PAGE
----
There’s one important thing you should keep in mind if you’re considering cutting your daily calorie allowance back to 1,200 in an attempt to lose weight, though: “This would be the lowest you want to go,” says Keri Glassman, R.D., founder of NutritiousLife.com and author of The New You (and Improved) Diet). “I would say about 1,200 to 1,500 is what you’d want to aim for if you’re trying to lose weight.” (Consume fewer than 1,200 calories per day, and it’ll be nearly impossible to get the nutrients and energy you need—and you risk slowing down your metabolism, says Glassman.)
That said, Glassman typically encourages people not to get too caught up with counting calories—even when they’re trying to lose weight.
“I’m more about thinking about proportions, eating the right types of foods,” she says. “When you listen to your body and pay attention to proportions, you don’t really need to count calories.”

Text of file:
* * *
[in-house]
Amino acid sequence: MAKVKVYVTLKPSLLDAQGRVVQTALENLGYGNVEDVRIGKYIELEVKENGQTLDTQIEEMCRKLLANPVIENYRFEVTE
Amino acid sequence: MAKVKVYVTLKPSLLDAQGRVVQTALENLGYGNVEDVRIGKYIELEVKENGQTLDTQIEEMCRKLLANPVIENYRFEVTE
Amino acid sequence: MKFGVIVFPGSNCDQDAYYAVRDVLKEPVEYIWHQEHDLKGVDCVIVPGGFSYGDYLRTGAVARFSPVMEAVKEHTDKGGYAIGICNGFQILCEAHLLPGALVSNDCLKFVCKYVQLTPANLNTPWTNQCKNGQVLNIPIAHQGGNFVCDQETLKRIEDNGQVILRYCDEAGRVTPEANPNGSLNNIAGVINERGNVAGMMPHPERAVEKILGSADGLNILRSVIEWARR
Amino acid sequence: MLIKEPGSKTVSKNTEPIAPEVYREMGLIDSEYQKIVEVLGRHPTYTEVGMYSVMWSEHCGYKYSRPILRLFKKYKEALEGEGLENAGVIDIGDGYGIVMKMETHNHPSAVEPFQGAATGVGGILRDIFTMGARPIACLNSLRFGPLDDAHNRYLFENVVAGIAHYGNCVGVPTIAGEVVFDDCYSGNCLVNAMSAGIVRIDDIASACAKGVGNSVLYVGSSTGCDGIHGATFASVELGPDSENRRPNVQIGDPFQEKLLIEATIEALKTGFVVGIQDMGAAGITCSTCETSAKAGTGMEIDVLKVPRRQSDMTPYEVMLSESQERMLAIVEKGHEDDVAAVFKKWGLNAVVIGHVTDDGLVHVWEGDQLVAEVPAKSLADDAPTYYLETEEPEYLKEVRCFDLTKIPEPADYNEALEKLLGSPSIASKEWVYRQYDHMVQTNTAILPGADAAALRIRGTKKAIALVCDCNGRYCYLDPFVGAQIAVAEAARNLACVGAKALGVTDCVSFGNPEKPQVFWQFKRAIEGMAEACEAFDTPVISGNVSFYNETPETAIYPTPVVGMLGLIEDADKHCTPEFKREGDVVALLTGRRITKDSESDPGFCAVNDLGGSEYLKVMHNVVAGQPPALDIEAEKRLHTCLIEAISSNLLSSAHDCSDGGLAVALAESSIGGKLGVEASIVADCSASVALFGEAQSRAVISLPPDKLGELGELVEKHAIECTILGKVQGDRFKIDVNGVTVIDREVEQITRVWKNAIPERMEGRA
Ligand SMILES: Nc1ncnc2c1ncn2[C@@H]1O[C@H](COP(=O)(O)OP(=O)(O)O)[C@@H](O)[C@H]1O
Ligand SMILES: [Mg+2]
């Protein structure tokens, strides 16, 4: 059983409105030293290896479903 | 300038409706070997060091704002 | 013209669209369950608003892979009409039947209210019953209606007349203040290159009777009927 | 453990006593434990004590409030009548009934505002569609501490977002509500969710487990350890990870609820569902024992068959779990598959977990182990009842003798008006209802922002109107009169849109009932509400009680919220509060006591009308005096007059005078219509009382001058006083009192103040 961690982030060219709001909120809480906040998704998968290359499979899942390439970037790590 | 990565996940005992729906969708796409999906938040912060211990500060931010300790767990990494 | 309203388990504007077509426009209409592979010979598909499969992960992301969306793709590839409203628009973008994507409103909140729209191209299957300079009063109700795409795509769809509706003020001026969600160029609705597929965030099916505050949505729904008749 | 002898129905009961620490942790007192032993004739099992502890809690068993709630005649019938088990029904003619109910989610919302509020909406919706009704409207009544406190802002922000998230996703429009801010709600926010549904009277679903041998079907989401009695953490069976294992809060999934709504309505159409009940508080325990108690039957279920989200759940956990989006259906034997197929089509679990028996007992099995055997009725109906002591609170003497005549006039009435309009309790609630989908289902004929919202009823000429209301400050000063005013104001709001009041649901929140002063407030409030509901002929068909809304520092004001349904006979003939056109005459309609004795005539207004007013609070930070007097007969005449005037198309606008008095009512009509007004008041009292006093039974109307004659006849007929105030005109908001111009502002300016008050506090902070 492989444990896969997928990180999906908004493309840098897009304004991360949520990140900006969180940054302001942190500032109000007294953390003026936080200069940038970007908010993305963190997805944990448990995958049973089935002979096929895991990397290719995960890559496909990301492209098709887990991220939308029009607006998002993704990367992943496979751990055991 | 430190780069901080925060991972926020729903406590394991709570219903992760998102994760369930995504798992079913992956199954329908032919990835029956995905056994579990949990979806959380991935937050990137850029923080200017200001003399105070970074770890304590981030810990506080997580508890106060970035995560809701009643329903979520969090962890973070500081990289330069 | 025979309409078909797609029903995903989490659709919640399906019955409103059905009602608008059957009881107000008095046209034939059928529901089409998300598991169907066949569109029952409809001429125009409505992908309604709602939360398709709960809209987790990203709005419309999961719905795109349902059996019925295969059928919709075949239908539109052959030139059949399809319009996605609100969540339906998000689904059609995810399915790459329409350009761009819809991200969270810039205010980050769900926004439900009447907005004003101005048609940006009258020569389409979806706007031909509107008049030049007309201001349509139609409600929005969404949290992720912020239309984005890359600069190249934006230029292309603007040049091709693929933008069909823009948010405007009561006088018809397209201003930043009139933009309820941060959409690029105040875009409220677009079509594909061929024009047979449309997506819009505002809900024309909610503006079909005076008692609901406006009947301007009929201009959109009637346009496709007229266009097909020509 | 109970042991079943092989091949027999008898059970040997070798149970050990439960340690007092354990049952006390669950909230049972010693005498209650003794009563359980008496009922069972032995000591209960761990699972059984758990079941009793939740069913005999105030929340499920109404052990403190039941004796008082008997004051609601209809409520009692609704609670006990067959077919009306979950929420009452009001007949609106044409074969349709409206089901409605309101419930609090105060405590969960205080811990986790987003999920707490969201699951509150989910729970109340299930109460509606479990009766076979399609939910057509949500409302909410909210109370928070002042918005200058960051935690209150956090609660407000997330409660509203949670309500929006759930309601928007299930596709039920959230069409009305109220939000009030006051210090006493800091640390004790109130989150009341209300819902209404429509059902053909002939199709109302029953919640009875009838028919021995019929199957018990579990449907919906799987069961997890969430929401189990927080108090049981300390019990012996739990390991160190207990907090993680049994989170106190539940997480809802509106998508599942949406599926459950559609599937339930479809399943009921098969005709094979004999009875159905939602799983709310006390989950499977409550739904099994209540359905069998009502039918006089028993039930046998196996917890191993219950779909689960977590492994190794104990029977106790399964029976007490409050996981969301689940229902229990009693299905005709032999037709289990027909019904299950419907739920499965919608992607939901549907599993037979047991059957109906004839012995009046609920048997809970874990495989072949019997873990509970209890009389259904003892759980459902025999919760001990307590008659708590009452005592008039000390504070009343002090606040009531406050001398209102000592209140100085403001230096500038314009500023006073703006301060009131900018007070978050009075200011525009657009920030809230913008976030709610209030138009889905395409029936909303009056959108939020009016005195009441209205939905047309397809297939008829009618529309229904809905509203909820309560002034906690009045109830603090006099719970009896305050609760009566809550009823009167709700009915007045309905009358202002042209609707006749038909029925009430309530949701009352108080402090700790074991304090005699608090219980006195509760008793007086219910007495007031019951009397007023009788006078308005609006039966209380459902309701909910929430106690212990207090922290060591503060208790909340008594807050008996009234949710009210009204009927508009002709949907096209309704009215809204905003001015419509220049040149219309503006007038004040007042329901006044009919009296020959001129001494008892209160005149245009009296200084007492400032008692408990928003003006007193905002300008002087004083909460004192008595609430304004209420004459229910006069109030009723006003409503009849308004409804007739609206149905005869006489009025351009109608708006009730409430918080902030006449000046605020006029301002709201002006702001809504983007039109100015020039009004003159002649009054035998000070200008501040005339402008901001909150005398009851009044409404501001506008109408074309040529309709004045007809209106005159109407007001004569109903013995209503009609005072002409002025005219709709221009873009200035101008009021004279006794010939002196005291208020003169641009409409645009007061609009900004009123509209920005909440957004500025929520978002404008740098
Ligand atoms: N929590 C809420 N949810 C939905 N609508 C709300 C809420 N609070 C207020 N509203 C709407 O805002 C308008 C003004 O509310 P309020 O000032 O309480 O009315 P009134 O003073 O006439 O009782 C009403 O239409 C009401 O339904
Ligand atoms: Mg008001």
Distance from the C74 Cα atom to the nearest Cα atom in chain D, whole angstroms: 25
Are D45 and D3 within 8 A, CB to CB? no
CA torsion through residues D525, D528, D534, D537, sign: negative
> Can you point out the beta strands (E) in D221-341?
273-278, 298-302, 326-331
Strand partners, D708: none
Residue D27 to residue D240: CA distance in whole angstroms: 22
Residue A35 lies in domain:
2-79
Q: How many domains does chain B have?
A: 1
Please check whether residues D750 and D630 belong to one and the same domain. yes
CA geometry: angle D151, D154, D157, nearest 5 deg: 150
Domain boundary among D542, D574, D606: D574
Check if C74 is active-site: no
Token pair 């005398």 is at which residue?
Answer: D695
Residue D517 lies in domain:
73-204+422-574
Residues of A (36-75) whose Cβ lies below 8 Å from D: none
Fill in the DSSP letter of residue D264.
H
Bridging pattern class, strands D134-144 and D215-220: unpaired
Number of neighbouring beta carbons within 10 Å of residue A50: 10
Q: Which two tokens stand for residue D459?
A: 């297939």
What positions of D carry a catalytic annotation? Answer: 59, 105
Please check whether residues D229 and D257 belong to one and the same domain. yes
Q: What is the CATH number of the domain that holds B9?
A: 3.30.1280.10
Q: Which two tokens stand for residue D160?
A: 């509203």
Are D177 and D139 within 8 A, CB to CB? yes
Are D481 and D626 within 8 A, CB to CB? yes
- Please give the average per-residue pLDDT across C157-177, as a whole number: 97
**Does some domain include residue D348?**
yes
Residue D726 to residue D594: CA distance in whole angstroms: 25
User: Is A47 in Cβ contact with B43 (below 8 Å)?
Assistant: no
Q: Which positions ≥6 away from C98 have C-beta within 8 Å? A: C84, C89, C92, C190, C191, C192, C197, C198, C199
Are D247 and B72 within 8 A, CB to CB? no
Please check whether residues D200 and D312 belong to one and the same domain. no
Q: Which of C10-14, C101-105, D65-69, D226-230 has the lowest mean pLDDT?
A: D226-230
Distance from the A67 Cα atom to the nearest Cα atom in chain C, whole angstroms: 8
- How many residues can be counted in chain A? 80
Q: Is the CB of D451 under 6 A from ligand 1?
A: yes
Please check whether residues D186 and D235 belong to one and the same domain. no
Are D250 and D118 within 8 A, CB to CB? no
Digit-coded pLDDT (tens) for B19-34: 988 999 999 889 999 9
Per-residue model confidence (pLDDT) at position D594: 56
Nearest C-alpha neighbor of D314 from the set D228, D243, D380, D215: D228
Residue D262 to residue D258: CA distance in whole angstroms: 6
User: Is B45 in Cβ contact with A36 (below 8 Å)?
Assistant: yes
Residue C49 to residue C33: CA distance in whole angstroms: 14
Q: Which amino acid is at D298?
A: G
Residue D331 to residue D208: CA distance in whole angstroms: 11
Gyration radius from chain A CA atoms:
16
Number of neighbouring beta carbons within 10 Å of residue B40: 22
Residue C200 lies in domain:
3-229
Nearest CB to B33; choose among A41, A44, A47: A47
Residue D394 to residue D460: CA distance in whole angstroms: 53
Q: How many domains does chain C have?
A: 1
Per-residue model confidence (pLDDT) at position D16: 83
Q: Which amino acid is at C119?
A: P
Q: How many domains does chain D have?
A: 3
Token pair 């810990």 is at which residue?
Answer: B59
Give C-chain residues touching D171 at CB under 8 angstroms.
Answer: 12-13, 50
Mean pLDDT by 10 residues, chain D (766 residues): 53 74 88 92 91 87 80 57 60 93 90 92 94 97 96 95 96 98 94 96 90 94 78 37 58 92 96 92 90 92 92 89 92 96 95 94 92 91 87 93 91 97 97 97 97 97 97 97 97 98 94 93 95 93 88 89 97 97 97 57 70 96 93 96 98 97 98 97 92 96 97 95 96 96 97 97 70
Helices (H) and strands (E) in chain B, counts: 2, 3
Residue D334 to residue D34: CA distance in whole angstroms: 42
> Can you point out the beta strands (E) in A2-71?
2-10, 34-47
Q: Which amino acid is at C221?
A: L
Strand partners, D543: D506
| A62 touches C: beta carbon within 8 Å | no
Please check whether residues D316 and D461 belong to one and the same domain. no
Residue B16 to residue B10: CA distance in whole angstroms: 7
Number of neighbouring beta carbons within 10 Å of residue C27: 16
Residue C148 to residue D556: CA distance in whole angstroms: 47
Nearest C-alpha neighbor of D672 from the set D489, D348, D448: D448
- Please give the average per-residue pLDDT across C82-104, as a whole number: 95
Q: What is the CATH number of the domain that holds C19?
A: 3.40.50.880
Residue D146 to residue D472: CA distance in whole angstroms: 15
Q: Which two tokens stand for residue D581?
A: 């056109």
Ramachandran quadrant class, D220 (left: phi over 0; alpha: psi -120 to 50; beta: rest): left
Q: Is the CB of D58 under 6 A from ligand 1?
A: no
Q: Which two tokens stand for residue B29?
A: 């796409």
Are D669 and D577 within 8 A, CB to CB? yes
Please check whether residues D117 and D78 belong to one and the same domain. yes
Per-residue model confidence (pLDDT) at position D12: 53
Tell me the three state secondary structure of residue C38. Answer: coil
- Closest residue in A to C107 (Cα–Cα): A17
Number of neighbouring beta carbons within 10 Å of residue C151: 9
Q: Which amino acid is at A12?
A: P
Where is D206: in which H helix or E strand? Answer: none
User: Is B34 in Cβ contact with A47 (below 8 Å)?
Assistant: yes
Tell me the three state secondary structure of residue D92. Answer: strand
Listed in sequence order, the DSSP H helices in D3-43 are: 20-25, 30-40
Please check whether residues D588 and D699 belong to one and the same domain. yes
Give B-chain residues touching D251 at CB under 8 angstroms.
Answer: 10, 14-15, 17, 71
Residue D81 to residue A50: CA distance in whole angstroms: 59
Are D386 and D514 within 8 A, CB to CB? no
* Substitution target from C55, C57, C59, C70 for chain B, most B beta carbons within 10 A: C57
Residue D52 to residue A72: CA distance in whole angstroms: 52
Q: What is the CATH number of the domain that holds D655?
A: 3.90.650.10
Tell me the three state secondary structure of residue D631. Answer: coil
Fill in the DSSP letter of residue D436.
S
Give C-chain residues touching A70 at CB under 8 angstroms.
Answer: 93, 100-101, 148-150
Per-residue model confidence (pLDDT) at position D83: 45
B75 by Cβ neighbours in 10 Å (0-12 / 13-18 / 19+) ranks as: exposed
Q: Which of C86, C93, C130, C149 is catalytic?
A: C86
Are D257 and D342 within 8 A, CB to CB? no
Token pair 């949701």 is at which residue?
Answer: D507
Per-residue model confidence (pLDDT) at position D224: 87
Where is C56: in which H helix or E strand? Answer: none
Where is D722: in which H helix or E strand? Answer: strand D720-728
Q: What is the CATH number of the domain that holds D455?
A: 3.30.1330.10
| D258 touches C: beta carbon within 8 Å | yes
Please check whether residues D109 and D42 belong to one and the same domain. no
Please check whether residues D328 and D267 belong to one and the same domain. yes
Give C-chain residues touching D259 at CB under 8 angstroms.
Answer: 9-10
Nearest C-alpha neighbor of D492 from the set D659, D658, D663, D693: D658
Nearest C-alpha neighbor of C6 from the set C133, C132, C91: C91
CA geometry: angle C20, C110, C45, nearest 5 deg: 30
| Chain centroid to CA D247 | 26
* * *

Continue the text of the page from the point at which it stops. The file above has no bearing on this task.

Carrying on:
Granted, the subreddit above is proof that plenty of people swear by calorie counting to get to (and stay at) a healthy weight—and that lots of dieters are curious about 1,200-calorie meal plans in particular.
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Start tuning into calorie counts, and you’ll quickly find that some foods are way more calorie-dense than others. That’s why some research indicates that a vegan diet—which is typically built around lots of low-calorie vegetables—can be such an effective meal plan for weight loss.
If you’re thinking about trying a vegan diet, this one-day 1,200-calorie plan, courtesy of Glassman, is a good reference point for the minimum amount of food you would want to eat.